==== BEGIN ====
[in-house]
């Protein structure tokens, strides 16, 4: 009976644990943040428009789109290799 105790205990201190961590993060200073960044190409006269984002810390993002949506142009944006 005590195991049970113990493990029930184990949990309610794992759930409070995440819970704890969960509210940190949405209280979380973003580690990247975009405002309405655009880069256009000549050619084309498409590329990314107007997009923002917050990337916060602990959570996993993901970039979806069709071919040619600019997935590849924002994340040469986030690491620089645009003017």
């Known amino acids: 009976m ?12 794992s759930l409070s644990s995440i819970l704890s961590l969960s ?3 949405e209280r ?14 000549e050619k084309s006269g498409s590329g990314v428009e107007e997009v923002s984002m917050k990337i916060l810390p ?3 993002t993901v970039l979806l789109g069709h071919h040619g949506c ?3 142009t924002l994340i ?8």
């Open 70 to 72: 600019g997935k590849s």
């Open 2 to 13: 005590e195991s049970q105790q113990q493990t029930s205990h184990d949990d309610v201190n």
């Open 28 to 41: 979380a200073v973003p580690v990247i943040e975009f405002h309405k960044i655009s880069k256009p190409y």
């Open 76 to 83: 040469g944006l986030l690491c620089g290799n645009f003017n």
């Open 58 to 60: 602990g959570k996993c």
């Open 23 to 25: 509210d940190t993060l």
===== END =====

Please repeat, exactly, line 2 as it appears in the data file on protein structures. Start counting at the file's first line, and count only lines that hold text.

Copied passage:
């Protein structure tokens, strides 16, 4: 009976644990943040428009789109290799 105790205990201190961590993060200073960044190409006269984002810390993002949506142009944006 005590195991049970113990493990029930184990949990309610794992759930409070995440819970704890969960509210940190949405209280979380973003580690990247975009405002309405655009880069256009000549050619084309498409590329990314107007997009923002917050990337916060602990959570996993993901970039979806069709071919040619600019997935590849924002994340040469986030690491620089645009003017």